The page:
Our plan was to go shopping at 5pm but the sky let down a steady downpour of rain for 10 minutes. We watched from the cafeteria porch and eventually, the rain slowed down. Typically, rain is not seen until June, which is monsoon season but because of global warming or another reason, the pre-monsoon season is starting sooner which could have adverse effects on farmers and crops because the rain is not coming at the right time.

We walked to the outskirts of Manipal and caught a citibus for 8 rupees per person. We arrived in Udupi 10 minutes later. We walked through a town full of small shops, which reminded me of Chinatown. We went to a Krishna temple. Each Hindu temple has a bath where people wash themselves. We saw an elephant, which we weren’t allowed to take pictures of. Then, we went to a department store to buy kurtis or tunics. Finding the perfect one was so difficult because they laid out piles for everyone according to size, but then it all got messed up. It was hard because every piece of clothing was unique in the store not like in the US where they have multiple of each item stacked. The clearance section in the back had really good prices though. I found 5 to try in the dressing room and bought 2. I bought a silky blue-green swirl designed short sleeved kurti and a red long sleeve with a flower body design. The blue one is a bit large in the shoulder/arm region but I am planning to use it as PJ’s back in the states because the silky material is very cool feeling on the skin. The red one fits perfectly, and I am excited to wear it. In total it cost 1260 rupees ($21). The store was on the fancier side so I would like to find more casual modern wear clothing, such as lightweight quarter-sleeved Indian style blouses. We then went back to the temple to watch a ceremony. They put a holy statue at the top of the chariot, live music was played and the elephant led the parade down the street. A line of people pulled the chariot, people lit a path with small sections of fire and they burned a white cloth. They also launched sparklers from the ground. Later, we find out that this ceremony serves as an offering to the God.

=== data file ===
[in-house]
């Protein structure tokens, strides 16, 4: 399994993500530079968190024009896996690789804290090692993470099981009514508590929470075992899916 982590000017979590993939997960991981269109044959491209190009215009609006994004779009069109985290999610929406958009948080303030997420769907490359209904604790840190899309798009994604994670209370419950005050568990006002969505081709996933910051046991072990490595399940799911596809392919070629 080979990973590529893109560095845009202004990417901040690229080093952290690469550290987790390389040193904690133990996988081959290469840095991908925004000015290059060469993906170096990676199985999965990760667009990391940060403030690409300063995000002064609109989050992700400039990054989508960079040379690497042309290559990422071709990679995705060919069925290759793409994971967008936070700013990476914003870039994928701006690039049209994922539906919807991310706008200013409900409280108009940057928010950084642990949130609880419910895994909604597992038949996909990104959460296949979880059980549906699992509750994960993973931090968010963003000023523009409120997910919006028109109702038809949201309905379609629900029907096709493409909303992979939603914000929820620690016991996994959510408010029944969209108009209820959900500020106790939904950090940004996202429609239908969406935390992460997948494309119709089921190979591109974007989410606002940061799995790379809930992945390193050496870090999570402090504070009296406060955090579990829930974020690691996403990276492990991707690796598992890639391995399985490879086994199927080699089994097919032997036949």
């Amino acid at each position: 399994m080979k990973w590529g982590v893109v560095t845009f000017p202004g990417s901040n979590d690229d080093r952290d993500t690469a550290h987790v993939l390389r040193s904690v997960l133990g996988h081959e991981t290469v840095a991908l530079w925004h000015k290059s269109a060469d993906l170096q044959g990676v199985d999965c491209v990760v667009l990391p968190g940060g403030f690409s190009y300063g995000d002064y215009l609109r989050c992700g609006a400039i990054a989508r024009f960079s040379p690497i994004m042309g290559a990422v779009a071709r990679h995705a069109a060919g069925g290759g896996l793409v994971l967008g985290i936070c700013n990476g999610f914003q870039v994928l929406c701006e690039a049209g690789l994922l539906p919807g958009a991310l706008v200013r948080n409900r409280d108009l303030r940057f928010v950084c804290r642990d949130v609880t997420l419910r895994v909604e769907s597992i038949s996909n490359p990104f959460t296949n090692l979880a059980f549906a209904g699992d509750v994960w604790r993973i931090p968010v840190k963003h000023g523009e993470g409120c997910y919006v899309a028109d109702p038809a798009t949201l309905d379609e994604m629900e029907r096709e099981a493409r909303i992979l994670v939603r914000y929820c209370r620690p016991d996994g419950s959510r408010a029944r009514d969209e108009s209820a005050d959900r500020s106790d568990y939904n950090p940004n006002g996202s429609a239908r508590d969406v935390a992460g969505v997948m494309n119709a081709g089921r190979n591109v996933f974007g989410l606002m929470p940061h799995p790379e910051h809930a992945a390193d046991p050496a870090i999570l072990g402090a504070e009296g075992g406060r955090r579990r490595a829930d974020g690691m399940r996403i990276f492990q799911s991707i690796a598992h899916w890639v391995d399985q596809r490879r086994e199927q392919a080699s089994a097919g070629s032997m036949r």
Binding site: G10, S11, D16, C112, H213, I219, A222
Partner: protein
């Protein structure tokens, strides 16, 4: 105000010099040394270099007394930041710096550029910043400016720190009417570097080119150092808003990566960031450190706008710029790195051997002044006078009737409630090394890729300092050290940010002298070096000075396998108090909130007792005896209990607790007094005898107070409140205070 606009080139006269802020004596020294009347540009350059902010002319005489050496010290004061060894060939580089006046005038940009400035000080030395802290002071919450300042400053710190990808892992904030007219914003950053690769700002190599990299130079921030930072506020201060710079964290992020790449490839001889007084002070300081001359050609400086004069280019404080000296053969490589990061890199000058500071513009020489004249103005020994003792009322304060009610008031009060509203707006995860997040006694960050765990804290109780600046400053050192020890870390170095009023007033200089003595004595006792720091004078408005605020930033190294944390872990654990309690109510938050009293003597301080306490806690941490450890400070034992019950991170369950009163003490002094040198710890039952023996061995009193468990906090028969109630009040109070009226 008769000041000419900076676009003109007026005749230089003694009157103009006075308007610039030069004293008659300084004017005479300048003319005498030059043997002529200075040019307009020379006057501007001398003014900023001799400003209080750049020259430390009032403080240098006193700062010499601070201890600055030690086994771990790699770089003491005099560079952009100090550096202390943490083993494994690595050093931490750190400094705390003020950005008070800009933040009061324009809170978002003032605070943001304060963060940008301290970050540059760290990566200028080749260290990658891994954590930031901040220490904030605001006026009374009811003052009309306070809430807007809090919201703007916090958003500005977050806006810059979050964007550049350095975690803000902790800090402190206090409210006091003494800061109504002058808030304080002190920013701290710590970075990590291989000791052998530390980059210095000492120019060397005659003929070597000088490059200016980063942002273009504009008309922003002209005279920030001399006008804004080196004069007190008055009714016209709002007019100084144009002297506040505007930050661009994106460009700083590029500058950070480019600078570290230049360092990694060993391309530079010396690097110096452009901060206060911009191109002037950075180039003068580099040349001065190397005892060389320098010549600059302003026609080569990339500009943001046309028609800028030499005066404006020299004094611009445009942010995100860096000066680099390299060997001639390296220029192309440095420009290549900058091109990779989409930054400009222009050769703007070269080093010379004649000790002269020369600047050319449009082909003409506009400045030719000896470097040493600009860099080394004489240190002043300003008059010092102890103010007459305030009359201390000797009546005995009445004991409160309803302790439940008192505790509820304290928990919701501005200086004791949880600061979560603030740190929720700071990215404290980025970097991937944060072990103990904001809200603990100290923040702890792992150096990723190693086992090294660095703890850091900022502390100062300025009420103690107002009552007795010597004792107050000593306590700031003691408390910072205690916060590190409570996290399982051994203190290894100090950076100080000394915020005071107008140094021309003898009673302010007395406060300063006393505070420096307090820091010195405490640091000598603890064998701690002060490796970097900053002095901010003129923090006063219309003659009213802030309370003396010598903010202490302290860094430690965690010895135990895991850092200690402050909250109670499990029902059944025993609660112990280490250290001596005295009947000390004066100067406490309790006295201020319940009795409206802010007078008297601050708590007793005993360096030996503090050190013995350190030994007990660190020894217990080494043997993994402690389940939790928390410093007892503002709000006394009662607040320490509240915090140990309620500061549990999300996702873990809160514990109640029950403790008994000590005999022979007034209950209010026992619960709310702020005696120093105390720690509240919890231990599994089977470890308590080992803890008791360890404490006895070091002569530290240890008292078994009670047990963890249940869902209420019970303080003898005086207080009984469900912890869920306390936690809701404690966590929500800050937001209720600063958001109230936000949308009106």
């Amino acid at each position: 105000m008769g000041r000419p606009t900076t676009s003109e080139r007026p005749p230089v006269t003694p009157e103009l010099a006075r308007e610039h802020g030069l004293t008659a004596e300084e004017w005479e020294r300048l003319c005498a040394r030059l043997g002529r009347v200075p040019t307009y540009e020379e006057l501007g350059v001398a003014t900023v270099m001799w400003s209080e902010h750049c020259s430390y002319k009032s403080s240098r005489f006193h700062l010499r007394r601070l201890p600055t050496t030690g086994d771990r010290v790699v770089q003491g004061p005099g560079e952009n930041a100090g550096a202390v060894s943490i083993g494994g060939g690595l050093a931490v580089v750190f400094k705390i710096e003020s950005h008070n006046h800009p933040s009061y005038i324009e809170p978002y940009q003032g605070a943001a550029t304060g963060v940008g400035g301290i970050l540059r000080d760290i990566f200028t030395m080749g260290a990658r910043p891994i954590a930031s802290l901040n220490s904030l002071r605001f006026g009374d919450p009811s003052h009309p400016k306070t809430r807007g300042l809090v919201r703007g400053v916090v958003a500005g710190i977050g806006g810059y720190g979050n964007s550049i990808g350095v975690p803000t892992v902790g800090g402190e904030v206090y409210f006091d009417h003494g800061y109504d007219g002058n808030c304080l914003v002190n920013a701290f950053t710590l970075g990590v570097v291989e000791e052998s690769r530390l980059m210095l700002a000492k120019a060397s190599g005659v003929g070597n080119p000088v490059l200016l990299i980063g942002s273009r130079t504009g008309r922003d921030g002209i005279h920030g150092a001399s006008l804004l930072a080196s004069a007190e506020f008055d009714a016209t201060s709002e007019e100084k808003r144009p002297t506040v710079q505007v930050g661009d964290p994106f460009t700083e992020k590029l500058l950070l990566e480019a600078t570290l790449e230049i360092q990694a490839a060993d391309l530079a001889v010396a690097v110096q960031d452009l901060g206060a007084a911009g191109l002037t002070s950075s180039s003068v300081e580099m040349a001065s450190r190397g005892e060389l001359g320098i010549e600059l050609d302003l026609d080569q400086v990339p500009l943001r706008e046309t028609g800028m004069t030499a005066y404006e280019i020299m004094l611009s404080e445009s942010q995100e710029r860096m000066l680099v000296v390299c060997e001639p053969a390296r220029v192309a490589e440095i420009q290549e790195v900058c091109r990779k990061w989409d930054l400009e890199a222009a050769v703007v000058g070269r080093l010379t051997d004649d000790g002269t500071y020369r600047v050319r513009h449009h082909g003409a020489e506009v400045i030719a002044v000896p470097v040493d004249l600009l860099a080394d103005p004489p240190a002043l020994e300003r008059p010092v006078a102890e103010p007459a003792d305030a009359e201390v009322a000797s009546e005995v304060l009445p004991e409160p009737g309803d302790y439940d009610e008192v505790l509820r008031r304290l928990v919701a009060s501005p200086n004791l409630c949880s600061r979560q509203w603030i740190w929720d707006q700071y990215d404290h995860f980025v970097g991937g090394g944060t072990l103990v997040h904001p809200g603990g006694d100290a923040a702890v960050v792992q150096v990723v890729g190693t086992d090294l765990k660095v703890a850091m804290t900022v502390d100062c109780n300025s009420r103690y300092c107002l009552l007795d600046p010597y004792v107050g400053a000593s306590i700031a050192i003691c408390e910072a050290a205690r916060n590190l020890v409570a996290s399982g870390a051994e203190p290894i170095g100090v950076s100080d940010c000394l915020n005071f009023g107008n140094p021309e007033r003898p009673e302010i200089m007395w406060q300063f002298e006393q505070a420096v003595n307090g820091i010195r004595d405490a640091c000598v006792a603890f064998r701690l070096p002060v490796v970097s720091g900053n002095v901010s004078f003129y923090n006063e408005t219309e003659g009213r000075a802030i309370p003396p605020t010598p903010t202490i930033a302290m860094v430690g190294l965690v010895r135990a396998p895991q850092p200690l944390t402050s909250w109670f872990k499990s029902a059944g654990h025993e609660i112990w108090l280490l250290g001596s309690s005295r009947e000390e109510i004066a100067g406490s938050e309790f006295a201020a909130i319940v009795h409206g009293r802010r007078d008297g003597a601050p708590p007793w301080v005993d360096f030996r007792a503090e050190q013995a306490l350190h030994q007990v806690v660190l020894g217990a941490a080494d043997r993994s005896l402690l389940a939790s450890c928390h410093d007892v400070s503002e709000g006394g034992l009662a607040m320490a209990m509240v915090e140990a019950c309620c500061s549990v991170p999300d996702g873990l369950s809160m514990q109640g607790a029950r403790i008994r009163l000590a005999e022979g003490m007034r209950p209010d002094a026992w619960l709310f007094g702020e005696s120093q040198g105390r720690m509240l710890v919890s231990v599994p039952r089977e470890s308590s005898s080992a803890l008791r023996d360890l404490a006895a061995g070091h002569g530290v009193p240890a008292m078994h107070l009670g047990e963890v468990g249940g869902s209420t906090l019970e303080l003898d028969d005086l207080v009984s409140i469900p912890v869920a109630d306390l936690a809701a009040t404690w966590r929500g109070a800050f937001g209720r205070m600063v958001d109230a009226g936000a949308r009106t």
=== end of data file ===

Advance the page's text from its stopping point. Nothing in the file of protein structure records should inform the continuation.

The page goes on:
Then we walked to a restaurant near the bus station where we would eat dinner. Near the restaurant, we also got to see a mosque. The restaurant was separated into a meat and vegetarian side. We all decided to choose vegetarian and stick together. I sat at a table with Lindsey, Kelsey F. and Dr. Raj. I wasn’t feeling hungry, so I asked for advice about what to get for a small non-fried meal (not a big fan of fried foods). I ended up getting the Dal Kitche. It was long rice cooked in a non-spicy sort of sweet curry. It had the consistency of a porridge, and I really liked it. It came with a large black pepper chip with yogurt but the pepper was very spicy so I let Kelsey eat it (also not a big fan of too spicy food). For dessert, Kelsey got mango ice cream with a fruit salad (apples, candy cherry, grapes) and Lindsey got a green pista (pistachio) slab of ice cream. My meal cost 75 rupees. In India, 5% tip is pretty generous. At the front of the restaurant, a man stood there greeting people and he asked if we wanted a group picture in front of the restaurant, and we said sure. Sahanna gave him her phone. The picture turned out really nicely despite it being a upward looking angle (normally makes people fat), but the lighting seemed like we were in a greenhouse so it was a good composition. Sesen and Sahanna were comparing hand sizes and Sahanna’s looked baby compared to Sesen and I’m like “hold up, let’s compare Sahanna”. Our hands were exactly the same size. I haven’t many people with the same hand size haha. So we decided we needed to name ourselves. Small hand twins was the first option, and then I said shawties. And Sahanna added Asian to it so now we’re known as Asian shawties. Bahaha. We then boarded the bus back to Manipal U.